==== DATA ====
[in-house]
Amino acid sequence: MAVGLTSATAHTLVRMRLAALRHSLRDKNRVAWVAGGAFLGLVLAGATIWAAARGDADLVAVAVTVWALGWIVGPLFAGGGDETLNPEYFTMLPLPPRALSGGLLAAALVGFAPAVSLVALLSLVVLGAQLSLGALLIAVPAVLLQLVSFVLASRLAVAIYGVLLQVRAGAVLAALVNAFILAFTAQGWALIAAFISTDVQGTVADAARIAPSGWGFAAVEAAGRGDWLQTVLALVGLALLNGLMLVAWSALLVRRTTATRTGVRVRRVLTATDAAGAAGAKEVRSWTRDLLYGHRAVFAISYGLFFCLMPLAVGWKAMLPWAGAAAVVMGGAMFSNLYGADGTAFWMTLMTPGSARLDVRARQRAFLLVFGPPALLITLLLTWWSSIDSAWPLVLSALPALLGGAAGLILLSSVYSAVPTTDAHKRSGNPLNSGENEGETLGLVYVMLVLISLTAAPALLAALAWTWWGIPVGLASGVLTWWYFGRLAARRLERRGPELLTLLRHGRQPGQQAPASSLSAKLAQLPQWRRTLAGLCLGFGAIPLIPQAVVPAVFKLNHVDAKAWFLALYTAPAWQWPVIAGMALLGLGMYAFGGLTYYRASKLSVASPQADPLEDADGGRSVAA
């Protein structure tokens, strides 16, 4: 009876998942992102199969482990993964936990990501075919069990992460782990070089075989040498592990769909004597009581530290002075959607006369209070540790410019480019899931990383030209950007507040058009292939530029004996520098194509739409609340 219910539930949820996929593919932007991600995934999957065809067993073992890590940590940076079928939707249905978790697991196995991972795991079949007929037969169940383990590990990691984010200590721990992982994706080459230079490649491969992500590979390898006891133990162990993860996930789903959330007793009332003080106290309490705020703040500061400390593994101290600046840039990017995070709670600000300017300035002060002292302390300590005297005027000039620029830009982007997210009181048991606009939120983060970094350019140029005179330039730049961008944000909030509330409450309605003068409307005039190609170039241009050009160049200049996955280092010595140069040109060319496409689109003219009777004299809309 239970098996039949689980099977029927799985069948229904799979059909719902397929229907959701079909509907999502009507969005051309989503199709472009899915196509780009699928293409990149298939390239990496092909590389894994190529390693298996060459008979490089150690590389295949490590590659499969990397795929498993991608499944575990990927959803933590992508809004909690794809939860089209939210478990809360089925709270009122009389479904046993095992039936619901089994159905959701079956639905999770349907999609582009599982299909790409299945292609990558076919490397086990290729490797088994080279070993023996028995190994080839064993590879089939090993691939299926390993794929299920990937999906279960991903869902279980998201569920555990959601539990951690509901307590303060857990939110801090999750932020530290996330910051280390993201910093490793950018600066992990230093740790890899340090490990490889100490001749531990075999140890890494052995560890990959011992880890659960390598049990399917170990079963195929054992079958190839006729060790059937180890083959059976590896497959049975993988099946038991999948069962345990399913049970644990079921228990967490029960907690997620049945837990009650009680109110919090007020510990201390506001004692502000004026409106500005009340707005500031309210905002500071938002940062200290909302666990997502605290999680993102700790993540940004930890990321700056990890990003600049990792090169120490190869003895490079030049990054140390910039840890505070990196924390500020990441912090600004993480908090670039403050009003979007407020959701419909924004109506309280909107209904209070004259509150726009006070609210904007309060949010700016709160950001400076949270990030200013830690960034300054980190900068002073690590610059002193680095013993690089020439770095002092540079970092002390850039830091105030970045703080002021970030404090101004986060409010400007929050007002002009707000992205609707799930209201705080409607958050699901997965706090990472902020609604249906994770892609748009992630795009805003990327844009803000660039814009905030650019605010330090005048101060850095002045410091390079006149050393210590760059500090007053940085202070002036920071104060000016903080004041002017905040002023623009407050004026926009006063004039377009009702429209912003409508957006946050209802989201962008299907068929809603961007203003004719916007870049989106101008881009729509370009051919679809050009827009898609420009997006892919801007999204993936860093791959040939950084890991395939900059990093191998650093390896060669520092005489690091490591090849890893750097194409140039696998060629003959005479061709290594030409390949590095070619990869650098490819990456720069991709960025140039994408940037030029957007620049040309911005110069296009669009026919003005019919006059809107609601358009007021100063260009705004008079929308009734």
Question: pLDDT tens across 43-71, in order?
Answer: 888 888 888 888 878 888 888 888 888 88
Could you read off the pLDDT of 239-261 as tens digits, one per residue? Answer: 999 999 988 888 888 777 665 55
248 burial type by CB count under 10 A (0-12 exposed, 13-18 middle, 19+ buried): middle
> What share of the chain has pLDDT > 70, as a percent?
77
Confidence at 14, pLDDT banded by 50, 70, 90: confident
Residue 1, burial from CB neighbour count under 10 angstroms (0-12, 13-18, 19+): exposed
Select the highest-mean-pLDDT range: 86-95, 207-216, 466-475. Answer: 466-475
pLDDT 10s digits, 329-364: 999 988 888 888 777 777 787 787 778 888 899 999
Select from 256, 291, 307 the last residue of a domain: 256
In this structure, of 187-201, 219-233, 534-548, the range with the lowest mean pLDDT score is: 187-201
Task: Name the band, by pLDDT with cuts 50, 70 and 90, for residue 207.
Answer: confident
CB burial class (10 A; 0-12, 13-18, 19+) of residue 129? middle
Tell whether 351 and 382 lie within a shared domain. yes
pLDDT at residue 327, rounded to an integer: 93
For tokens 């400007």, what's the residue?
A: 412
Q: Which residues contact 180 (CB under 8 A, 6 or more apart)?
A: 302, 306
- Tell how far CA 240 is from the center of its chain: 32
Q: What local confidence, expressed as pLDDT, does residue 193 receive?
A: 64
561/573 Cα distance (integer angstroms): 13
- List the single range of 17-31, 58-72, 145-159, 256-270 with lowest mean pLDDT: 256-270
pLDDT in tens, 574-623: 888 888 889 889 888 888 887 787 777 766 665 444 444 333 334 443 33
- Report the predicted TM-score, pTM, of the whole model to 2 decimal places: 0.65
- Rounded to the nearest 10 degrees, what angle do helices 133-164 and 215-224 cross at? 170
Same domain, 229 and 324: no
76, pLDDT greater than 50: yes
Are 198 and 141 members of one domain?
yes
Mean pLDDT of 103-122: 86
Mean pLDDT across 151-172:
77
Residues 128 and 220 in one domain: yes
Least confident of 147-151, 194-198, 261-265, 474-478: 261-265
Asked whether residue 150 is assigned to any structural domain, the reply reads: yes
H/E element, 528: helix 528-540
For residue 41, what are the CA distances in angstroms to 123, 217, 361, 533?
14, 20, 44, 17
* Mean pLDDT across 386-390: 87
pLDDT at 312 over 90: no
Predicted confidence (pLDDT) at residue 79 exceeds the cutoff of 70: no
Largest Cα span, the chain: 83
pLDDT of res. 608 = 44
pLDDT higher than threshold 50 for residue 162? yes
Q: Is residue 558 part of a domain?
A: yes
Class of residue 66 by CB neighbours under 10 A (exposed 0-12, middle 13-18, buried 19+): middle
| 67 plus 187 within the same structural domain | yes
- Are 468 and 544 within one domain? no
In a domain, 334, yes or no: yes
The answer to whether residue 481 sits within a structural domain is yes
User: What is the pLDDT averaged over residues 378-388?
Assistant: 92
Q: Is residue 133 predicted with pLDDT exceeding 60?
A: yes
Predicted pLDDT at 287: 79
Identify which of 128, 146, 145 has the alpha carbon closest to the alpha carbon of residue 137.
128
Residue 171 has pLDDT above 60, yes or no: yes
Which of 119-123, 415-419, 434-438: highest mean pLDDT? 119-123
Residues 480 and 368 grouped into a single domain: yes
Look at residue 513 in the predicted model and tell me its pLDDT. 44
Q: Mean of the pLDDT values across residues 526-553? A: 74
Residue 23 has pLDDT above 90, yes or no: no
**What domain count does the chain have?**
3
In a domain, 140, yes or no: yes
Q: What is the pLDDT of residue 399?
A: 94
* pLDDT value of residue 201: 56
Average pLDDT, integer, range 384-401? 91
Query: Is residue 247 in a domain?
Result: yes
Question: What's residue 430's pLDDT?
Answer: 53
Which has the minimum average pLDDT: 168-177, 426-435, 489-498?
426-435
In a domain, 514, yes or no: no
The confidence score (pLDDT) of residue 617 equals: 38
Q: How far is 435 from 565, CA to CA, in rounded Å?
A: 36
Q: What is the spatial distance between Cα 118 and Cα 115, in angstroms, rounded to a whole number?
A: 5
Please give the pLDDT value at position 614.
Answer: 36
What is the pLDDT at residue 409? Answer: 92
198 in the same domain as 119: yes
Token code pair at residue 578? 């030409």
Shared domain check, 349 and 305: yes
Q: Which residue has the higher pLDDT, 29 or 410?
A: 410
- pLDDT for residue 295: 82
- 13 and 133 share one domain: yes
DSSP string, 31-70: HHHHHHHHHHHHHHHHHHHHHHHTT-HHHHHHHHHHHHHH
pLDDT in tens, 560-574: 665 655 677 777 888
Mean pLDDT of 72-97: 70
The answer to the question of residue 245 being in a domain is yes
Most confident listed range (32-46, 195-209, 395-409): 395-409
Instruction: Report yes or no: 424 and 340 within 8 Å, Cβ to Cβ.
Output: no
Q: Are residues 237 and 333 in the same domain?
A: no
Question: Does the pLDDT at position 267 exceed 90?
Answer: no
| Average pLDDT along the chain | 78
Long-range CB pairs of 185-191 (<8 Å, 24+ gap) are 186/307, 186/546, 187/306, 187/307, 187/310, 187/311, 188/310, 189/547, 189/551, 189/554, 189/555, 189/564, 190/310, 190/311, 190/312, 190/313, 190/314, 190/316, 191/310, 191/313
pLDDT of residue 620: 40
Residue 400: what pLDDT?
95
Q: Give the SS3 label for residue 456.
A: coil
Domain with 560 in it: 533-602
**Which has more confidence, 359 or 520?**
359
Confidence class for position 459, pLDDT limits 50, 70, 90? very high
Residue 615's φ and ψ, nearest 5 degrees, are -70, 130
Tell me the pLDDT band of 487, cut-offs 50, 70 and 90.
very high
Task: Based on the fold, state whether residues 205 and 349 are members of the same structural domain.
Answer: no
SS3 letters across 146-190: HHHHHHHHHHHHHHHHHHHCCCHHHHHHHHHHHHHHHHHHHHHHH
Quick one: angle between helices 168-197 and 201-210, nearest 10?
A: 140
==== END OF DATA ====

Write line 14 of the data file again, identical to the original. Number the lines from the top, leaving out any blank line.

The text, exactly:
Select from 256, 291, 307 the last residue of a domain: 256